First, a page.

Latino and Black people are generally more vulnerable to COVID-19, yet they remain far less likely to have received a vaccine, according to the latest demographic data from the CDC.
Racial and ethnic data is available for about 24.2 million of the roughly 44.5 million people in the U.S. who have received at least one dose of vaccine, and it shows that only 8.7% of those vaccinated are Hispanic/Latino, and only 6.4% are Black, while white people account for 64.2%.
Devon Greyson is a professor of health communications at the University of Massachusetts who studies the way people use information to make health decisions. When it comes to the COVID-19 vaccine, she says, there are two factors, and the first one is trust.
“It's understandable why individuals and communities that have been mistreated by medicine or the government might have extra questions about whether or not to accept a new vaccine,” Greyson said. She says this stems from historic and current racism in U.S. health care systems.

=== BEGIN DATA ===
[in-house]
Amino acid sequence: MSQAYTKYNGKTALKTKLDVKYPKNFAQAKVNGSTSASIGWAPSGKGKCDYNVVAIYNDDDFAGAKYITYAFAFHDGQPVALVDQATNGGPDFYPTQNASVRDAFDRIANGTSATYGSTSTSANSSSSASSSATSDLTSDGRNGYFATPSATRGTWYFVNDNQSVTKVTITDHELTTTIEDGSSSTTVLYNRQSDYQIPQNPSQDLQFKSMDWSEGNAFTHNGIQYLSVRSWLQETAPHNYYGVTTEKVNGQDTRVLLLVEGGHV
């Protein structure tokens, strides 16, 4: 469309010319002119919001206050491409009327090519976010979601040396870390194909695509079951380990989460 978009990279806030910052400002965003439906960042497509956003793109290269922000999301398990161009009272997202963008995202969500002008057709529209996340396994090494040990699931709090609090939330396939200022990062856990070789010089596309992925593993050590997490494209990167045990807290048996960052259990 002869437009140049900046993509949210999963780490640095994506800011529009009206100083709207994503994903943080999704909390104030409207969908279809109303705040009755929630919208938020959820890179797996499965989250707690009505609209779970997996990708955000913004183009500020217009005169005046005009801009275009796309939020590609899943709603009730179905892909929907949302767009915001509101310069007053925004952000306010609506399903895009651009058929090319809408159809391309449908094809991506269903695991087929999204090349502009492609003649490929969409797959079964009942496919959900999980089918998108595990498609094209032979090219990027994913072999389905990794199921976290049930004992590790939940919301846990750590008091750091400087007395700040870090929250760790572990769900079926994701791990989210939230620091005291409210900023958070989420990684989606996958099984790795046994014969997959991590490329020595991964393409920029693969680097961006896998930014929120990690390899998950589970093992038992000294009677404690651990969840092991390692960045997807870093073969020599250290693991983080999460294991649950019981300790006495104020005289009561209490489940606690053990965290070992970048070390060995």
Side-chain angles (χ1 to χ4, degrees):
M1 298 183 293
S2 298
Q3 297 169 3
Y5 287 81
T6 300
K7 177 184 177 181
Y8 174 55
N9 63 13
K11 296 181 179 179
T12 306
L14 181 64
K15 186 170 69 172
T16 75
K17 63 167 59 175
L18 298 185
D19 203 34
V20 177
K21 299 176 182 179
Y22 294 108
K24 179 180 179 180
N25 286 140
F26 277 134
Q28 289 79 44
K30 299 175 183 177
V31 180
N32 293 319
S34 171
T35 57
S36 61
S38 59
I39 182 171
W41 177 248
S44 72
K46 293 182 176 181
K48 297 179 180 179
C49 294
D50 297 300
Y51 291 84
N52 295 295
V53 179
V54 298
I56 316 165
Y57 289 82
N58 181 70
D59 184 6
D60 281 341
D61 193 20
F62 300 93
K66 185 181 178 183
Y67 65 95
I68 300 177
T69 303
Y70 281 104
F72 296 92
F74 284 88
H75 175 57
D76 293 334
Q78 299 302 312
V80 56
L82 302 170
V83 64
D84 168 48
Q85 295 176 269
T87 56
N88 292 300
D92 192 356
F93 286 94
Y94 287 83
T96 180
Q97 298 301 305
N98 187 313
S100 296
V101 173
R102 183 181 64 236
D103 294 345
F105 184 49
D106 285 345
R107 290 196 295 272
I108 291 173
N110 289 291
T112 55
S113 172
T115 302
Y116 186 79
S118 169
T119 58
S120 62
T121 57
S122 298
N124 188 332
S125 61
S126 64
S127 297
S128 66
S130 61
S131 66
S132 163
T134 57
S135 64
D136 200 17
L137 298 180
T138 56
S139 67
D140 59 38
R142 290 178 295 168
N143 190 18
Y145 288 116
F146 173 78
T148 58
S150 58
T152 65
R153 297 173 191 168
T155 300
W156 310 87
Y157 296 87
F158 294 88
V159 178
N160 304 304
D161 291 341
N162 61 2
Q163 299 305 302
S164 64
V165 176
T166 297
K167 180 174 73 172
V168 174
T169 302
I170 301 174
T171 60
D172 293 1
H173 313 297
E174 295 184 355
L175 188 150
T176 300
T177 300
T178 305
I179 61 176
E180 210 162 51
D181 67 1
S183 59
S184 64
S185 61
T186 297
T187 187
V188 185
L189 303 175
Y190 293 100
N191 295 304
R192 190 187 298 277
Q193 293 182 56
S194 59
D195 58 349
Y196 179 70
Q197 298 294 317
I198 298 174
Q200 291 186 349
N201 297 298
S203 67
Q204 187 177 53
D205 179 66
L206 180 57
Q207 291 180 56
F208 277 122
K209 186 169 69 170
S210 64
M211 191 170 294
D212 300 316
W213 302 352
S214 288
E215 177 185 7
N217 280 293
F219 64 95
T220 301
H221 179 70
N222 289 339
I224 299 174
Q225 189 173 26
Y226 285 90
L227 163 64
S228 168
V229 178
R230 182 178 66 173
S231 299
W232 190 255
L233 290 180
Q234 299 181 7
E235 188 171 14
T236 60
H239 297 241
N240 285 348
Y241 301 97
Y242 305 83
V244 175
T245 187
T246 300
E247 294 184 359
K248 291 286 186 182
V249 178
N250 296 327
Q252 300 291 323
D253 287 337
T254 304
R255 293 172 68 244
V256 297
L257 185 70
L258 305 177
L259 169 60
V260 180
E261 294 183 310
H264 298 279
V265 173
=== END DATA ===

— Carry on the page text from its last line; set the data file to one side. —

The second factor, she says, is access.
“Many sign-up systems have relied on internet access or other types of technology,” Greyson said. “Being able to log in at a specific time of day and keep trying for a long period of time – someone might not have that kind of time available.”
Greyson says partnering with Black and Latino community leaders can help foster trust and access.
“The leaders who are health care providers or who cross over into health care as social workers, or religious leaders, let them take the lead in shaping the way in which we are distributing vaccines and vaccine information to their communities because they are the trusted go-betweens,” Greyson said.
This story was produced by the Mountain West News Bureau, a collaboration between Wyoming Public Media, Boise State Public Radio in Idaho, KUNR in Nevada, the O'Connor Center for the Rocky Mountain West in Montana, KUNC in Colorado, KUNM in New Mexico, with support from affiliate stations across the region. Funding for the Mountain West News Bureau is provided in part by the Corporation for Public Broadcasting.